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Recent attempts to avoid the cyclic dactyl have been made by dividing the choriambus (-ulu_); but the remedy is worse than the disease. The fundamental error in the time is retained, and the scansion is made more mechanical than before. A simpler method would have been the use of a true dactyl in 3/8 time (w or d....). There is no harmony, however, between a 3/8 (quick waltz) rhythm and logaoedics. See the paper on Time Relations above, p. xxxiii f.
While the 4/4 analyses will not scan, they differ but slightly from renderings already in use. The best way to follow them is to keep the prose accents of the words and observe the sense of the lines; in other words, to read naturally, as in English. The stress ictus should be abandoned. The use of stressed tones fol. lowing the division lines of the bars in music, does not appear to have antedated the sixteenth century A.D. It did not become the fixed practice till the eighteenth. To attempt to carry it back to classical times; in the light of these facts, is futile.
Finally, it should be noted that the dipodies of the drama, in both Latin and Greek, are to be explained by a 4/4 structure, which admitted logaoedic lines wherever necessary.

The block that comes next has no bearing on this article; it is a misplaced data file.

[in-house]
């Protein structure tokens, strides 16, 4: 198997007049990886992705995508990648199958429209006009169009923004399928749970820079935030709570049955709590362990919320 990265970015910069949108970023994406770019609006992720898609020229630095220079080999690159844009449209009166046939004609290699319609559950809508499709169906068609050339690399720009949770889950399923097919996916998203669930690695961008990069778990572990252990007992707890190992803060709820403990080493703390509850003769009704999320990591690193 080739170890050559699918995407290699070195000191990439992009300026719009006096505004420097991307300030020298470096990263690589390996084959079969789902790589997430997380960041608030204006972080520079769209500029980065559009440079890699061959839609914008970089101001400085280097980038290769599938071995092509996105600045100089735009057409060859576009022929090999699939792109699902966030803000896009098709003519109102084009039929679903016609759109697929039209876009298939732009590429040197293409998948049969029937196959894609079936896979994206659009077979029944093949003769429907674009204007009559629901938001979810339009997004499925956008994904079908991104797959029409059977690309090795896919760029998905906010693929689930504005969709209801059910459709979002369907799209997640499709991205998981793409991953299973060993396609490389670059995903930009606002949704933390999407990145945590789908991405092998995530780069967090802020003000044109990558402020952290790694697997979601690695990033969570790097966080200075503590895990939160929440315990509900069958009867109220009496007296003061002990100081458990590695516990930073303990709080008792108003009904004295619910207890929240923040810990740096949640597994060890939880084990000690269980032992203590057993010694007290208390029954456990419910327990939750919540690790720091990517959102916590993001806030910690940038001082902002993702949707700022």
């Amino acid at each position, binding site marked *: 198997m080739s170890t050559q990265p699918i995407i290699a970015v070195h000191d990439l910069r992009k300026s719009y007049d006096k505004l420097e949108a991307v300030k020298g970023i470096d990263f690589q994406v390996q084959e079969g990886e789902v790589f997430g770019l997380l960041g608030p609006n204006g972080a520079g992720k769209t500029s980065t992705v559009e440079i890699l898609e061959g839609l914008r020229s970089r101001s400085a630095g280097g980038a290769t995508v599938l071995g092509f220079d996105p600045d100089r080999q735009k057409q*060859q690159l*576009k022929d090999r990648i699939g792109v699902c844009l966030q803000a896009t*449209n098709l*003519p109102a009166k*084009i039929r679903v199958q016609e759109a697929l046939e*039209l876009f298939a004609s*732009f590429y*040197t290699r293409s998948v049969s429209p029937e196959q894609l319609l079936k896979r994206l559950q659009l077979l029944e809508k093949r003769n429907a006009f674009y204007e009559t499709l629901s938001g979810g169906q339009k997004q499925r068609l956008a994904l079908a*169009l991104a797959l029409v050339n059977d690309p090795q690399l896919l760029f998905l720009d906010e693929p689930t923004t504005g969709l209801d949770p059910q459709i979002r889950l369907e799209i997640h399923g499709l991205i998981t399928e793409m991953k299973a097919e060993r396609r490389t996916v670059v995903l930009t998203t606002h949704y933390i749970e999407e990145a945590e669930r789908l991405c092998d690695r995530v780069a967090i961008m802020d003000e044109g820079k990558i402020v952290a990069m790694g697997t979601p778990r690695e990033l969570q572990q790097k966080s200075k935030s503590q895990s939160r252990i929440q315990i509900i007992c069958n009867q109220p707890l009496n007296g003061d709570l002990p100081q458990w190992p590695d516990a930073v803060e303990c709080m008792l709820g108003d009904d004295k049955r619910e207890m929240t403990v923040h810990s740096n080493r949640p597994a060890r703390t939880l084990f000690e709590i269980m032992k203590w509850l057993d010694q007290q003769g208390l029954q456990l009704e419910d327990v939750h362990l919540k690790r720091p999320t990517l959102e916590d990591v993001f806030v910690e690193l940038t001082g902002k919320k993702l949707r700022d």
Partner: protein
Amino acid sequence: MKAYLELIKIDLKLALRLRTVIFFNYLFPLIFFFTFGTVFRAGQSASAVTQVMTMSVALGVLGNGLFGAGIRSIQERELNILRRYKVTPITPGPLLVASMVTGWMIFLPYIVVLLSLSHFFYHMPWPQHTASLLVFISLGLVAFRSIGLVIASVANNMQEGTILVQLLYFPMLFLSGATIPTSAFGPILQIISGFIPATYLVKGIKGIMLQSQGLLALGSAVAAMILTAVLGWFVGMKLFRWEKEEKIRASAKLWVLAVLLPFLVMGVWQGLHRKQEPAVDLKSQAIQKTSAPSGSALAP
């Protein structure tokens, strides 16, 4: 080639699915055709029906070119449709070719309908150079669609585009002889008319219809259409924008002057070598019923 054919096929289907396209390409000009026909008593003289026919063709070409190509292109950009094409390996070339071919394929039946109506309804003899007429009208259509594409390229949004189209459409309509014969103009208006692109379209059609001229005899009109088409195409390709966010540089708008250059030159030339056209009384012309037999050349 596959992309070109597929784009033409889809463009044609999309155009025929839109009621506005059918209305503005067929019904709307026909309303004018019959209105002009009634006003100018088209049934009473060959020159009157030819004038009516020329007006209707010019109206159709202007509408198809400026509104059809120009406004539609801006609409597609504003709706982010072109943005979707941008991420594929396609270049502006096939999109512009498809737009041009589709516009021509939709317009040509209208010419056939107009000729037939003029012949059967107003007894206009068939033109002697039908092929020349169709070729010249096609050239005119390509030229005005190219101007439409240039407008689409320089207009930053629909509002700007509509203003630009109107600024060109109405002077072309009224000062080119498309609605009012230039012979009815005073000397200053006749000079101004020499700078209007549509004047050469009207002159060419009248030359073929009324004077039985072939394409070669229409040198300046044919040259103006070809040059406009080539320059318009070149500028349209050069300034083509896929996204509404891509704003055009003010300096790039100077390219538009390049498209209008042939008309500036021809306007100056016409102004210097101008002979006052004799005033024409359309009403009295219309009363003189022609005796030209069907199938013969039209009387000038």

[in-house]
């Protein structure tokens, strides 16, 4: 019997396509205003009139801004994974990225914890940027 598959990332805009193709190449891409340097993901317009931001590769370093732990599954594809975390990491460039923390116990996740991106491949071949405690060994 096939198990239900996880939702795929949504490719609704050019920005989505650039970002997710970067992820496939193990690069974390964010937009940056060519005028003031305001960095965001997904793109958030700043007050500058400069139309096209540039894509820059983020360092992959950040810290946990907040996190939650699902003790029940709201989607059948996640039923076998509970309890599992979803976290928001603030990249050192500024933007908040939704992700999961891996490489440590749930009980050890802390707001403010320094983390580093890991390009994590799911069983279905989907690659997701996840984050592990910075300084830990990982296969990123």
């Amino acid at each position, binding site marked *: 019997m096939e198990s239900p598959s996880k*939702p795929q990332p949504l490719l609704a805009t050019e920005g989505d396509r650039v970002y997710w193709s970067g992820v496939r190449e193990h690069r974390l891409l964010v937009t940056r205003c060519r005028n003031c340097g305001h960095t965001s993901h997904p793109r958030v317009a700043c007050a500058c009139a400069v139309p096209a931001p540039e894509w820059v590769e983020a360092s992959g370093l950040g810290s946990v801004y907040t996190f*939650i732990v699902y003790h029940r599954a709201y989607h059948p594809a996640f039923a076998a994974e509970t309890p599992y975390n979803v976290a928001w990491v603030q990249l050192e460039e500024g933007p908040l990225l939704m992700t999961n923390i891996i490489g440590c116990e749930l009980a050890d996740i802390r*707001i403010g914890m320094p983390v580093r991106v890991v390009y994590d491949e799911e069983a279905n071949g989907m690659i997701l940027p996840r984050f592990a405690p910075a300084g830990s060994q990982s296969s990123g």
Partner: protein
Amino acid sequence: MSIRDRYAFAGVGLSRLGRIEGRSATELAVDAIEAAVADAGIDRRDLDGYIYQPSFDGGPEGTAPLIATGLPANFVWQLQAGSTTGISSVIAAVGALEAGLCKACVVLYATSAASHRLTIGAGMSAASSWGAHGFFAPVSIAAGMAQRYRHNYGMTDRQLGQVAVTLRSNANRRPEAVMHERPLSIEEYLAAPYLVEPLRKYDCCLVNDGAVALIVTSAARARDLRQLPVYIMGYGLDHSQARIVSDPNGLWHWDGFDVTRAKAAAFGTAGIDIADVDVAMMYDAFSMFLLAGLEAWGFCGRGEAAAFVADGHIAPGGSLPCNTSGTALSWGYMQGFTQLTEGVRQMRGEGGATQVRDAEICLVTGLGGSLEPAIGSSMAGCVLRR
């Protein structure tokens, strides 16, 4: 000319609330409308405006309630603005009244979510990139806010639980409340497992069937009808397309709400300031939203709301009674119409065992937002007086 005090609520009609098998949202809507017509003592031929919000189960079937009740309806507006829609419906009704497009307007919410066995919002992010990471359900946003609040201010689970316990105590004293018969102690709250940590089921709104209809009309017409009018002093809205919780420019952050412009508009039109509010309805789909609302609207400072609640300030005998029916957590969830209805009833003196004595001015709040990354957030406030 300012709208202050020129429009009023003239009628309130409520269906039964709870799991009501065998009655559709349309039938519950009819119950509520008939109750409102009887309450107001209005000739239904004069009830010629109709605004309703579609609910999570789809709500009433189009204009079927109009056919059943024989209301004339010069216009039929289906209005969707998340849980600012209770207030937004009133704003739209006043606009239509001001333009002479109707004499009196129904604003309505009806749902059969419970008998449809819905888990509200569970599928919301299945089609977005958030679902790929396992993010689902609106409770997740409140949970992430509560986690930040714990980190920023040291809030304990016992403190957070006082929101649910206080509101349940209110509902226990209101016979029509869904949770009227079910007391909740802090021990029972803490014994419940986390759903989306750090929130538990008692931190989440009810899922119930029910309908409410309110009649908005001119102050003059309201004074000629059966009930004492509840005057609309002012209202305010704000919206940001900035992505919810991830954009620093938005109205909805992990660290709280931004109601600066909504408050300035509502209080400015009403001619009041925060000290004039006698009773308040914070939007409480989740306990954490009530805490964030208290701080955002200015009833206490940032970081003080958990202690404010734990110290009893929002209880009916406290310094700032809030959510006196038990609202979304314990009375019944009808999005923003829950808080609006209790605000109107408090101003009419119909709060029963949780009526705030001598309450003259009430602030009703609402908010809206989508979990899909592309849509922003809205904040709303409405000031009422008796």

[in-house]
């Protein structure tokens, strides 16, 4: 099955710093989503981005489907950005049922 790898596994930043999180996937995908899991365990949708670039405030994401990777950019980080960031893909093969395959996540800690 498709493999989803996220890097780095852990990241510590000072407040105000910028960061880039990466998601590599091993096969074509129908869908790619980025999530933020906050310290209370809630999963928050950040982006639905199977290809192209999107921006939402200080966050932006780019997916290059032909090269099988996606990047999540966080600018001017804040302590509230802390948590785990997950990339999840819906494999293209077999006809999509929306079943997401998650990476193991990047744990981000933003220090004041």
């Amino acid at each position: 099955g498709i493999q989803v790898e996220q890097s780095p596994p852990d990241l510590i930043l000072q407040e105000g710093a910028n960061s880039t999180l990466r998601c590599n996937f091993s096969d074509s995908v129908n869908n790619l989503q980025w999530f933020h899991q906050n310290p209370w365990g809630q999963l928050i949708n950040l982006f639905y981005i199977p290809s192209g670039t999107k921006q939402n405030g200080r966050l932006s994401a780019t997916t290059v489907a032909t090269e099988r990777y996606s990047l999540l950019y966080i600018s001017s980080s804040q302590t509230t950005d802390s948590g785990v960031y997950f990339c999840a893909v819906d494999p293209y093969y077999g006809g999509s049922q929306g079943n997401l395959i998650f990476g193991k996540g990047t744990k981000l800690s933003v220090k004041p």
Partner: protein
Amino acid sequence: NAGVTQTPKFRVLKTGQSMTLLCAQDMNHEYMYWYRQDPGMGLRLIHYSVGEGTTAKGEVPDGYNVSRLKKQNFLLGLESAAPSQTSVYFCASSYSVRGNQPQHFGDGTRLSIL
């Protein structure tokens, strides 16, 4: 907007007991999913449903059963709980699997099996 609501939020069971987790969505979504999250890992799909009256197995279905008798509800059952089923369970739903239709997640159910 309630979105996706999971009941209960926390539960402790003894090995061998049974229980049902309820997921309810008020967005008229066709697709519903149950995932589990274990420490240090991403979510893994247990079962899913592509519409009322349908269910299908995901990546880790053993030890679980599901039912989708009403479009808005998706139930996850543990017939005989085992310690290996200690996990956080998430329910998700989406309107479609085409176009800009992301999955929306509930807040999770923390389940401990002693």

Adjourned at 4.45 P.M.
The next meeting of the Association will be held in conjunction with the Archaeological Institute of America in December, 1906, at the George Washington University, Washington, D.C.
PHILOLOGICAL ASSOCIATION OF THE PACIFIC COAST.
The Seventh Annual Meeting was held at the Mark Hopkins Institute of Art in San Francisco on December 27, 28, and 29, 1906.
The meeting was called to order on Wednesday at 2 P.M., by the first Vice-President, Professor E. B. Clapp, in the absence of President J. Goebel.
Professor Leon J. Richardson then presented his report as Treasurer for the year 1904-1905 :
Sent to Professor Moore, July 5, 1905 ·
$169.13 Stamps, stationery .
21.25 Clerk hire
3.00 Loose leaf ledger
$214.73 Balance on hand, Dec. 27, 1905
$223.43 The Chair appointed the following committees : Nomination of Officers: Professors Matzke, Senger, and Murray. To Audit Accounts : Professors Merrill and Price.
Time and Place of Next Meeting : Professors Nutting, Johnston, and Noyes.
The reading and discussion of papers was then begun.
1. Notes on the Pseudo-Vergilian Ciris, by Dr. I. M. Linforth, of the University of California.
This paper is to be published in full in the American Journal of Philology.